Walker (Walker Hardin)

 “Walker” The Old Colonel’s Manservant
Walker Hardin

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Played by Bill “Bojangles” Robinson in Twentieth Century Fox’s 1935 movie, “The Little Colonel,” Walker – the old Colonel’s long-suffering body-servant who endured his peppery temper and tirades in Annie Fellows Johnston’s “Little Colonel” novels -- was based on a real African American man who lived in Pewee Valley.

Though Annie Fellows Johnston created pseudonyms for the Caucasians who served as models for her characters (the Muirs became the Moores, the Craigs the McIntryres, the Smiths the Tylers, the Cochrans the Shermans, the Lawtons the Waltons), she referred to the African Americans servants in the “Little Colonel” stories by their actual first names.

Her inspiration for Walker was Walker Hardin, who was born in Pewee Valley in 1859 and lived in the area most of his life. At age 18, he was residing in nearby Brownsboro and working as a farm laborer with his father, also named Walker. From census records, he appears to have been married twice: once to a woman named Lula Oxford, the mother of his oldest son Samuel, and then to Laura Murphy, who appears to have added six more children to the Hardin family: Fannie, Thomas, Oscar, Matilda, Mamie and Walker, Jr.

In 1900, the Hardins lived near a cluster of African American families in Pewee Valley, including the Flournoys, Taylors and John and Rebecca Porter – “Mom Beck” in the “Little Colonel” stories. Their home at that time was most likely in Stumptown, since the Klingenfuss family was listed on the previous census page and we know their farm was off Ashwood Avenue. Census records for 1910 list the Hardins on Rollington Avenue near the homes of the Foleys and Herdts. By 1920, they had moved to Frazier Town, an African American settlement that developed near Rollington after the Civil War. Though Walker may once have worked as a servant, his occupation at age 60 was house painter.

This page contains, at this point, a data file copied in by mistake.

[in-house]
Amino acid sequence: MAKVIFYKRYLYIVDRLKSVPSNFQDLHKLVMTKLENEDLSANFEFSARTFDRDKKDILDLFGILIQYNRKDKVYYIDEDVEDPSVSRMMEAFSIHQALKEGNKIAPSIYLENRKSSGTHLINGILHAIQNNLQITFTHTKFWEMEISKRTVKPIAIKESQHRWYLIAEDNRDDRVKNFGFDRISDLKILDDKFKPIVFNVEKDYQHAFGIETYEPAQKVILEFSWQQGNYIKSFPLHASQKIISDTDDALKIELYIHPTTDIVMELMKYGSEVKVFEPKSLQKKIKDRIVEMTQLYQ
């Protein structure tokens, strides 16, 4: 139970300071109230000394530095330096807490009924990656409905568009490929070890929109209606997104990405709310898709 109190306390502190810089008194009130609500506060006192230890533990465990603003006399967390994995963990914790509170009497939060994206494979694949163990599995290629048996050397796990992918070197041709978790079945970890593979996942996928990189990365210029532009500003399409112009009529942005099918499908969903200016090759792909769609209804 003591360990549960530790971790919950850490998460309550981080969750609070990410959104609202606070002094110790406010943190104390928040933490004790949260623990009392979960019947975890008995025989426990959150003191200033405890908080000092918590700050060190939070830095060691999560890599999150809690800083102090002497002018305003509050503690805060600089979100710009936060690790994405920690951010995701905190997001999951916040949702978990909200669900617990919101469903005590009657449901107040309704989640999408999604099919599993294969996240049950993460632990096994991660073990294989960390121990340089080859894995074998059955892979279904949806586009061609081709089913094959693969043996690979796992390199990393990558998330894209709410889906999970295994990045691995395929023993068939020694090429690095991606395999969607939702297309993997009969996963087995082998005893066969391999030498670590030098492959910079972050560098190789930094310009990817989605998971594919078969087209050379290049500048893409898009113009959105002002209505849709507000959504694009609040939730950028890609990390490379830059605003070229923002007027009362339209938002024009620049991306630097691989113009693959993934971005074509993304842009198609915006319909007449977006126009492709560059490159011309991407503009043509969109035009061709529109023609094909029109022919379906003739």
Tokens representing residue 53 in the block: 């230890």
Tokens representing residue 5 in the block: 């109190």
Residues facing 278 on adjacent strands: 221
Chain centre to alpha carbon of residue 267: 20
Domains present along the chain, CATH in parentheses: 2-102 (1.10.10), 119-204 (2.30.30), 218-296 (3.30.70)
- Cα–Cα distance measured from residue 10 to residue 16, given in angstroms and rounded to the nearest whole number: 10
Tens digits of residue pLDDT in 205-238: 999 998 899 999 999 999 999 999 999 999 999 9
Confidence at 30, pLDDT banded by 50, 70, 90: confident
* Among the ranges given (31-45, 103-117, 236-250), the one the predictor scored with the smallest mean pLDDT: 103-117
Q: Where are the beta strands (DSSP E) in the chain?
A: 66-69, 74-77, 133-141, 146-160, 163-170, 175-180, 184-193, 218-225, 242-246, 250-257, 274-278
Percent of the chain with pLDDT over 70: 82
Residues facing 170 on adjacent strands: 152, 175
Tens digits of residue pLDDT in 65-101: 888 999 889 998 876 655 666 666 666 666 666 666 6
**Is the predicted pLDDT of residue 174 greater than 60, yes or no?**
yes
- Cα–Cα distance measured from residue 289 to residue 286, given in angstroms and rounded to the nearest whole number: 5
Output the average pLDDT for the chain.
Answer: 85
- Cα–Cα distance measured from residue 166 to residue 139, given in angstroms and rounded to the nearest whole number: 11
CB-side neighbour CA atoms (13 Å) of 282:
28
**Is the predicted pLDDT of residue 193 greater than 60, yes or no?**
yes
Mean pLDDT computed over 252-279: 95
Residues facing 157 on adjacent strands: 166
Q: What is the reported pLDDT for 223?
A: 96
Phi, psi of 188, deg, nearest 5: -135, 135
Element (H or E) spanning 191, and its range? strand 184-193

Sadly, Walker Hardin didn’t live to see the famous scene of “Mr. Bojangles” tap dancing on the stairs with Shirley Temple. He died at age 75 on October 23, 1934 at Central State Hospital, where he had been a patient for several months. His commitment to the mental institution was probably due to dementia from general atherosclerosis, the cause of death listed on his death certificate.  He was buried in Pewee Valley’s African American cemetery. Unfortunately, there is no record of his grave site’s location and Stoess Funeral Home in Crestwood, which handled his burial, burned in 1948, losing their old records in the fire.

Born May 5, 1908, Walker Hardin’s youngest son and namesake stayed in Pewee Valley and earned his living doing yard and maintenance work for many of the town’s families, including Mary G. Johnston, who employed him at The Beeches until her death in 1966. After that, he was hired by the Utleys at Woodside, where he worked until he retired. He was a well known and much beloved figure in Pewee Valley. He died in Jefferson County on February 21, 1980 at the age of 71. Like his father, he was buried in Pewee Valley’s African American Cemetery. His funeral service was held at the Pewee Valley First Baptist Church on Old Floydsburg Road.